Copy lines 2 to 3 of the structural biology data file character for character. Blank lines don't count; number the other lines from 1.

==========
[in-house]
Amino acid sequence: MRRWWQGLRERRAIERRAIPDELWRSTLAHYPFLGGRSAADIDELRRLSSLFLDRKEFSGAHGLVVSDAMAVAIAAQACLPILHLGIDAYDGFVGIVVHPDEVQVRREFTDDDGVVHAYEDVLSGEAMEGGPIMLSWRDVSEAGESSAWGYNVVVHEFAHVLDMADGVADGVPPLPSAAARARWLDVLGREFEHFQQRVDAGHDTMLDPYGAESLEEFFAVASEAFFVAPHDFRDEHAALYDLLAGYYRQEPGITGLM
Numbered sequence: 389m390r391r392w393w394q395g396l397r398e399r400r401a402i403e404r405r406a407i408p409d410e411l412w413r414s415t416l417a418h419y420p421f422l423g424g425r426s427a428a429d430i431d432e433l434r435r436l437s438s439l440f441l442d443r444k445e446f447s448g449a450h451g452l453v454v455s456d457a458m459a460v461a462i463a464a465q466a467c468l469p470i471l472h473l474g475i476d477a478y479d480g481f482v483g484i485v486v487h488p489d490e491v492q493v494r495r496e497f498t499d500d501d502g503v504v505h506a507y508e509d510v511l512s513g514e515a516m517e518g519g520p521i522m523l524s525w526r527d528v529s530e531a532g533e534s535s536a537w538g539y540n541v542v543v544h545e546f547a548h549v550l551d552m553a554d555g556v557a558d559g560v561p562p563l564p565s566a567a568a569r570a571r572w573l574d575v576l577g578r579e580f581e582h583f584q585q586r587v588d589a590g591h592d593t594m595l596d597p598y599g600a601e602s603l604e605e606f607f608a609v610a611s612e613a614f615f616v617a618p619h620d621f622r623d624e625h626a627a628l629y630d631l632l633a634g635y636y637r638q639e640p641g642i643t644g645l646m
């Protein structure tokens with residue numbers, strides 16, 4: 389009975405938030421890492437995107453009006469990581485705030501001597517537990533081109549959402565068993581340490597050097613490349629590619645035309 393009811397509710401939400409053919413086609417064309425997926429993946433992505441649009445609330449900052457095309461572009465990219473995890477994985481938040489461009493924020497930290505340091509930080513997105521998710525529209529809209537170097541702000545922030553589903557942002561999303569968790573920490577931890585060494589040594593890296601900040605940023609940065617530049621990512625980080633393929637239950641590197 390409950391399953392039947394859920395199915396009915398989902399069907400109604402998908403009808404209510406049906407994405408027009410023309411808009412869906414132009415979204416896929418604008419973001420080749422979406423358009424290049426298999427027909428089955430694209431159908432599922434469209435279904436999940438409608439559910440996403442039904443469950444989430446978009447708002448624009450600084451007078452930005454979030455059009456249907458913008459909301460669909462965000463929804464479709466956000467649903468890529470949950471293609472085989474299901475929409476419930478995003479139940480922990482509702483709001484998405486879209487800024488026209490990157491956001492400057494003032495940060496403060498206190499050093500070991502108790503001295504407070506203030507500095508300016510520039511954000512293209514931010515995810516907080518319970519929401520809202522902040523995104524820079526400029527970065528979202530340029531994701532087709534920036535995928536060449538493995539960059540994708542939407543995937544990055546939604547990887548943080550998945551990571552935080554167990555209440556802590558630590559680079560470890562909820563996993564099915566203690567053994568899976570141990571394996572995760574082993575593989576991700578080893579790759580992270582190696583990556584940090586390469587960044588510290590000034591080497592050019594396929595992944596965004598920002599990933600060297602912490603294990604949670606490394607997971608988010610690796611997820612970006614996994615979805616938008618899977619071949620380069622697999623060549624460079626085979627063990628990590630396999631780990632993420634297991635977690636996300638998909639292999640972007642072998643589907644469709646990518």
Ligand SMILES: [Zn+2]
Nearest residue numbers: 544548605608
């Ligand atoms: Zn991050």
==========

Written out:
Amino acid sequence: MRRWWQGLRERRAIERRAIPDELWRSTLAHYPFLGGRSAADIDELRRLSSLFLDRKEFSGAHGLVVSDAMAVAIAAQACLPILHLGIDAYDGFVGIVVHPDEVQVRREFTDDDGVVHAYEDVLSGEAMEGGPIMLSWRDVSEAGESSAWGYNVVVHEFAHVLDMADGVADGVPPLPSAAARARWLDVLGREFEHFQQRVDAGHDTMLDPYGAESLEEFFAVASEAFFVAPHDFRDEHAALYDLLAGYYRQEPGITGLM
Numbered sequence: 389m390r391r392w393w394q395g396l397r398e399r400r401a402i403e404r405r406a407i408p409d410e411l412w413r414s415t416l417a418h419y420p421f422l423g424g425r426s427a428a429d430i431d432e433l434r435r436l437s438s439l440f441l442d443r444k445e446f447s448g449a450h451g452l453v454v455s456d457a458m459a460v461a462i463a464a465q466a467c468l469p470i471l472h473l474g475i476d477a478y479d480g481f482v483g484i485v486v487h488p489d490e491v492q493v494r495r496e497f498t499d500d501d502g503v504v505h506a507y508e509d510v511l512s513g514e515a516m517e518g519g520p521i522m523l524s525w526r527d528v529s530e531a532g533e534s535s536a537w538g539y540n541v542v543v544h545e546f547a548h549v550l551d552m553a554d555g556v557a558d559g560v561p562p563l564p565s566a567a568a569r570a571r572w573l574d575v576l577g578r579e580f581e582h583f584q585q586r587v588d589a590g591h592d593t594m595l596d597p598y599g600a601e602s603l604e605e606f607f608a609v610a611s612e613a614f615f616v617a618p619h620d621f622r623d624e625h626a627a628l629y630d631l632l633a634g635y636y637r638q639e640p641g642i643t644g645l646m